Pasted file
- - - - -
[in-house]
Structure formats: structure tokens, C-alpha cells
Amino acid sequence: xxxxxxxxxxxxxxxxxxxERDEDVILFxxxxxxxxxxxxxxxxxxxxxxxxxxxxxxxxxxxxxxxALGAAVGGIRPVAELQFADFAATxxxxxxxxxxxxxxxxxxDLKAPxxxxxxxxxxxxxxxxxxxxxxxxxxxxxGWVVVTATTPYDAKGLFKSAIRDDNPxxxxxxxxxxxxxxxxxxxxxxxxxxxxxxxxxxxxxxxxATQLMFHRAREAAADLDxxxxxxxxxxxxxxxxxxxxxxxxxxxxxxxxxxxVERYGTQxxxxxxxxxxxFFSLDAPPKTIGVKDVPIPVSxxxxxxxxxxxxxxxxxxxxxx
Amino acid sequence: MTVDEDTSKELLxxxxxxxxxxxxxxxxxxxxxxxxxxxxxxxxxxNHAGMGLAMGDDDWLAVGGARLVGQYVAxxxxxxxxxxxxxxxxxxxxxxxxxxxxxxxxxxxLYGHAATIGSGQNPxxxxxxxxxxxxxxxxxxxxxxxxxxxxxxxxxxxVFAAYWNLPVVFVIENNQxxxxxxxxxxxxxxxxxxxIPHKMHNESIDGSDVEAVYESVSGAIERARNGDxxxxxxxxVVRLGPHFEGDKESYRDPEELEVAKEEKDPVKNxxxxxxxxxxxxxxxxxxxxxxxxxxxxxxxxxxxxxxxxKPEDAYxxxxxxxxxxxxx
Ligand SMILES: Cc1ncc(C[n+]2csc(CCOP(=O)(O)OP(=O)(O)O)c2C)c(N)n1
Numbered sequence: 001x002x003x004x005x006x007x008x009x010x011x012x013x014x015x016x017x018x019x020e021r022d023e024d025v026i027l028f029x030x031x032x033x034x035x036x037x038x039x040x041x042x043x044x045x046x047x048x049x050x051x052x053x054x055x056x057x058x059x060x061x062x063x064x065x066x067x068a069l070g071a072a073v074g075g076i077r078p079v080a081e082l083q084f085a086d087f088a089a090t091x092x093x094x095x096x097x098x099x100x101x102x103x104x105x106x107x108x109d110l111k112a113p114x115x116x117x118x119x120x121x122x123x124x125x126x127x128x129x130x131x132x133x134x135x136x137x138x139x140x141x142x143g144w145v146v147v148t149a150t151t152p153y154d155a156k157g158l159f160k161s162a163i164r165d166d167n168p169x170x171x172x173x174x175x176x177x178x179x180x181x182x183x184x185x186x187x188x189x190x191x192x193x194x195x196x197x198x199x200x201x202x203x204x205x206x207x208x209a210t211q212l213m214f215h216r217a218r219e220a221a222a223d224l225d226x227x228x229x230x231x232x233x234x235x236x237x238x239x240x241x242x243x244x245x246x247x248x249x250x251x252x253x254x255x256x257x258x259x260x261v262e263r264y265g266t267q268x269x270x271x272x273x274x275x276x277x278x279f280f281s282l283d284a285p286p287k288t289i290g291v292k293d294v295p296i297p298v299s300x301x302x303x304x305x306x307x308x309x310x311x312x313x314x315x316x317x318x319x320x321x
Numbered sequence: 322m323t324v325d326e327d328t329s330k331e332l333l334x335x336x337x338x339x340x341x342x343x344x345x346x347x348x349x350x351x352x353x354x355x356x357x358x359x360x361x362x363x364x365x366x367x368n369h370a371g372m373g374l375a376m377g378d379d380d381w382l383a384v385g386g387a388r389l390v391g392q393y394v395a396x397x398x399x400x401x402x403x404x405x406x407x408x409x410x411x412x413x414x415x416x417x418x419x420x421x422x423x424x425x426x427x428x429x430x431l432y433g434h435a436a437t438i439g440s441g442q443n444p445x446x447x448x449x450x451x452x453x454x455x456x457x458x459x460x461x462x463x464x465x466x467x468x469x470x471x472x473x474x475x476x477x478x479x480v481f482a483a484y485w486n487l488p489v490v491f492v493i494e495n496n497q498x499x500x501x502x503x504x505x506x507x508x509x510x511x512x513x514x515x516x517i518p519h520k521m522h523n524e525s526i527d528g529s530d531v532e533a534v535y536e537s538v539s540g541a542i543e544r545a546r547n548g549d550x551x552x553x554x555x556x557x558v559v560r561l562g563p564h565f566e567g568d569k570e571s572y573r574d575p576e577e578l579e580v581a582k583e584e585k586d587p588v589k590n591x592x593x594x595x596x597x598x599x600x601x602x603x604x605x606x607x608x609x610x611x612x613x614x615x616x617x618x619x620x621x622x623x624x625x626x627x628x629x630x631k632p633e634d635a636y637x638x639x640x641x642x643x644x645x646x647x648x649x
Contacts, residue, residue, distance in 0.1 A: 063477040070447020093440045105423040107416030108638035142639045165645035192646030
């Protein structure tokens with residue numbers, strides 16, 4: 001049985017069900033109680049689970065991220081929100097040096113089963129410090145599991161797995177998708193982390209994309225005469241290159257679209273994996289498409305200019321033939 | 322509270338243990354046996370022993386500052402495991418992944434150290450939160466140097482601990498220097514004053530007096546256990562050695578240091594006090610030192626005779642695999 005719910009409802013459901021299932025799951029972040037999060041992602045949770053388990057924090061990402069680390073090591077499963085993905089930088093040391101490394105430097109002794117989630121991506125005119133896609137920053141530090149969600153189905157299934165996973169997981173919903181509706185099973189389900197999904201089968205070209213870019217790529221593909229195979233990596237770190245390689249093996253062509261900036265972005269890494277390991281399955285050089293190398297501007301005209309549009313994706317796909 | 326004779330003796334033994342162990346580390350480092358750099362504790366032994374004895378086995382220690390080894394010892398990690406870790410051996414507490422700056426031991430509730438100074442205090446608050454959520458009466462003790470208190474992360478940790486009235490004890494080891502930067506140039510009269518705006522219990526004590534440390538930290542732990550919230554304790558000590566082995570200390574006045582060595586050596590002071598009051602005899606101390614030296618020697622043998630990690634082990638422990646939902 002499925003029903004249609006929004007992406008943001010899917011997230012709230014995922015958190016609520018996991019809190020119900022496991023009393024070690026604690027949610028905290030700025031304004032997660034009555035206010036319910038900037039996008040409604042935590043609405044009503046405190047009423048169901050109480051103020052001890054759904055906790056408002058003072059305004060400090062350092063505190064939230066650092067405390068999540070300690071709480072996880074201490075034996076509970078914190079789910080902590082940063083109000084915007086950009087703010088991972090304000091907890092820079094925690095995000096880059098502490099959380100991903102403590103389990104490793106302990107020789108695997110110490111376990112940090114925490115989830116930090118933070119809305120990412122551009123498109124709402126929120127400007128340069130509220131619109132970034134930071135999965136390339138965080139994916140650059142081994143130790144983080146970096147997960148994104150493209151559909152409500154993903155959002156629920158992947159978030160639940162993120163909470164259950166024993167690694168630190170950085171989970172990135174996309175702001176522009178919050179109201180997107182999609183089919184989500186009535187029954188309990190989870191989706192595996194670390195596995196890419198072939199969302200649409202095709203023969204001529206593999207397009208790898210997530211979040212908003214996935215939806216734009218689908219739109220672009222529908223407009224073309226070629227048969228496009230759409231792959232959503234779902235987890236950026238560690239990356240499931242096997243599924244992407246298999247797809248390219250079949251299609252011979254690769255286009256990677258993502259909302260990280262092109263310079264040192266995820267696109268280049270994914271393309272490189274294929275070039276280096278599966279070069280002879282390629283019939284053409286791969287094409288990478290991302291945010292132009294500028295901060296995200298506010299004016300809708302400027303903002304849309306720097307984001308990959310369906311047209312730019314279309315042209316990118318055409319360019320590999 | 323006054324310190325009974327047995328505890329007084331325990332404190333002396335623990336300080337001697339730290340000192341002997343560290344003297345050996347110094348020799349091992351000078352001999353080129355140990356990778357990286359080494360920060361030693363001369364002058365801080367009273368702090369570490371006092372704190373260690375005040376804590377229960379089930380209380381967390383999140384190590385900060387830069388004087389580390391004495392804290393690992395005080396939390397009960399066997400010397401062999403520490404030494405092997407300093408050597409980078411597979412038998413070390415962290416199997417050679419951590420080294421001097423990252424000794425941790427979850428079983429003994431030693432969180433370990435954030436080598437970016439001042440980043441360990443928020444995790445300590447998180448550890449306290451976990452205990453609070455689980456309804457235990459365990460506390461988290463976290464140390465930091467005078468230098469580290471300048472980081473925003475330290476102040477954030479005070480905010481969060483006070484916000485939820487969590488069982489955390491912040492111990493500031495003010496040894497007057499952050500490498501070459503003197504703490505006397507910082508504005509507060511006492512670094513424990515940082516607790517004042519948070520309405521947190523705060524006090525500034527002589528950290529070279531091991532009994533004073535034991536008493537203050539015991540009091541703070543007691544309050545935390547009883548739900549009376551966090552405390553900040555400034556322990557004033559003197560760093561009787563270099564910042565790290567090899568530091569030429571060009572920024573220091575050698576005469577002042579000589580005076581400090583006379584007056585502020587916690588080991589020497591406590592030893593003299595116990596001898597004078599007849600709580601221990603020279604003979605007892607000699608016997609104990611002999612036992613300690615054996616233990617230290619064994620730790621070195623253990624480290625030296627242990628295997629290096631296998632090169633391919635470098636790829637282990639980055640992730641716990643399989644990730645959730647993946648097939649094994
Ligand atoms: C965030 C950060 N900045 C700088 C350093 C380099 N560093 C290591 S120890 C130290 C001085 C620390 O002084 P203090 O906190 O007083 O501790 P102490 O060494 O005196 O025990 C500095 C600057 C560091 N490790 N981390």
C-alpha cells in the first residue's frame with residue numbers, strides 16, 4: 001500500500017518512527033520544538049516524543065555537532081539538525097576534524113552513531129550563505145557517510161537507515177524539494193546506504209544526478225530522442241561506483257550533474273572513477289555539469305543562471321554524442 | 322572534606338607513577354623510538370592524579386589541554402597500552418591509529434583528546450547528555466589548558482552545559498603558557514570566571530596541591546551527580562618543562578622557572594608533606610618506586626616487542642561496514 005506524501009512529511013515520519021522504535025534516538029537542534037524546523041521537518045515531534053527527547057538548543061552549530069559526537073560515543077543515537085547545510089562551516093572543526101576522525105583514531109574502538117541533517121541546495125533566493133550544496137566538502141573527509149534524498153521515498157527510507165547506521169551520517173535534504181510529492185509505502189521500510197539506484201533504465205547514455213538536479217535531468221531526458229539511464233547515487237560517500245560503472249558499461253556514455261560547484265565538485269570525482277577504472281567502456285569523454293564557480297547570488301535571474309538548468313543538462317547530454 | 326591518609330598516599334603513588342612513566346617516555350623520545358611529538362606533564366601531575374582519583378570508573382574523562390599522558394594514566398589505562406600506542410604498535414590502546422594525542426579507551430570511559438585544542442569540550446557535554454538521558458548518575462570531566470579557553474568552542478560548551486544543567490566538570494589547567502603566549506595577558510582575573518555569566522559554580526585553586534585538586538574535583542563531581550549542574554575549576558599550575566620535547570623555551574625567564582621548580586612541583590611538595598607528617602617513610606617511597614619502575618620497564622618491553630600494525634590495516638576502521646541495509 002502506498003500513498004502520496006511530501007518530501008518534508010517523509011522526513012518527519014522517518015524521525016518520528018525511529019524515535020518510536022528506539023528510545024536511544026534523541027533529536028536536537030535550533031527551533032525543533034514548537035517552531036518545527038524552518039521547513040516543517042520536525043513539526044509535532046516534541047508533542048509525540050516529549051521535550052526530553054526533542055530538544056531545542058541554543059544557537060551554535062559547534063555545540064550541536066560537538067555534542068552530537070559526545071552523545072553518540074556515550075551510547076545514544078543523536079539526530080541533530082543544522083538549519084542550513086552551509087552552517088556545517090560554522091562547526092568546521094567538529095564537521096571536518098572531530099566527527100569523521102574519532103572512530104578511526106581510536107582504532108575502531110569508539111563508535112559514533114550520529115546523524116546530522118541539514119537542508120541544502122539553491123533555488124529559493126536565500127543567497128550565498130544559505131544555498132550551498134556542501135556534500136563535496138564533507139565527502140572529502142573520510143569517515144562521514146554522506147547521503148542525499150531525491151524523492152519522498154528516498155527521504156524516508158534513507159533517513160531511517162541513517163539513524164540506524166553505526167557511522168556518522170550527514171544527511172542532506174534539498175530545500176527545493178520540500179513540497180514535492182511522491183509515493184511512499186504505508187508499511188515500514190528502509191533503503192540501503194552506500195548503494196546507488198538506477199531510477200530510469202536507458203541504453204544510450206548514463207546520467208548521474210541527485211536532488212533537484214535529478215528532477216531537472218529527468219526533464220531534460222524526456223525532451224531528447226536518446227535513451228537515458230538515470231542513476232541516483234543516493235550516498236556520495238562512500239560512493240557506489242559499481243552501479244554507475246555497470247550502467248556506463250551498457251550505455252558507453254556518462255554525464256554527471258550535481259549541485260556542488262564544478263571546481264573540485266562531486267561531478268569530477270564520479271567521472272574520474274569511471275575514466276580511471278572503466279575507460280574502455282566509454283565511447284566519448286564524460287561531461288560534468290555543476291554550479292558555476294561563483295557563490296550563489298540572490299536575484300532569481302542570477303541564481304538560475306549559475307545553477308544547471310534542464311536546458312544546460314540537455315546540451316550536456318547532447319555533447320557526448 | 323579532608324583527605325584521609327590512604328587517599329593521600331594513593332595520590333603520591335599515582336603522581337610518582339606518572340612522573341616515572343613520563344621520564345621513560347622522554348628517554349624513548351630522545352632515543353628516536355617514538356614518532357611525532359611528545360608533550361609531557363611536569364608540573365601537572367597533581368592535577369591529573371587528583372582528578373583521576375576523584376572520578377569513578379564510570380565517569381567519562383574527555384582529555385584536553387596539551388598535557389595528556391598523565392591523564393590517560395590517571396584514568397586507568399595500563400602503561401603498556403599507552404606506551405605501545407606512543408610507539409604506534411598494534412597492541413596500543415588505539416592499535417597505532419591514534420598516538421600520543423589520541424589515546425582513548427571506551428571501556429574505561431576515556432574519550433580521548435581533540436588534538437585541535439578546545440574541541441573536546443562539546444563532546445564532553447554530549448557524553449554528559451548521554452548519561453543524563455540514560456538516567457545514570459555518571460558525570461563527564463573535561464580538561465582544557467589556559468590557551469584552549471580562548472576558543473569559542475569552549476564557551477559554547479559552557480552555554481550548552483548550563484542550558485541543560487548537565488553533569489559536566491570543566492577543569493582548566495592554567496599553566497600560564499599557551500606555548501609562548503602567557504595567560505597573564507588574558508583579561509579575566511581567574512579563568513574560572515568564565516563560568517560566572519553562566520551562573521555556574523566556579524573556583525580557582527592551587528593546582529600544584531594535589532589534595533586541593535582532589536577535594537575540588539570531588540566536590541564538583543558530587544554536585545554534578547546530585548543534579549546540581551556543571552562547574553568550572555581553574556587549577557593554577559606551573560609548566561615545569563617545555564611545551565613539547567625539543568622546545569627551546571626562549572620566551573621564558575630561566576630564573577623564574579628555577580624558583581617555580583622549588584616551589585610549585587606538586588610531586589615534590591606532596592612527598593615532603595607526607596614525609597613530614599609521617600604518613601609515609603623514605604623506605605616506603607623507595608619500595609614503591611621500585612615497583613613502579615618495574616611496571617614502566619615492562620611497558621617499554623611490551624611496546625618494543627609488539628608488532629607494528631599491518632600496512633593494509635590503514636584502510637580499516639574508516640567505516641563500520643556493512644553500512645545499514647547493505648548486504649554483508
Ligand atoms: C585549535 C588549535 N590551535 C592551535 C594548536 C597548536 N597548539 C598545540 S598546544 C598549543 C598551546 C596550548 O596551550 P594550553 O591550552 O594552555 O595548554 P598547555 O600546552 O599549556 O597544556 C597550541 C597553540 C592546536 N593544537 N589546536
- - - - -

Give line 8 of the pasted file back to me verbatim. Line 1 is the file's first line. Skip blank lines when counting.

Contacts, residue, residue, distance in 0.1 A: 063477040070447020093440045105423040107416030108638035142639045165645035192646030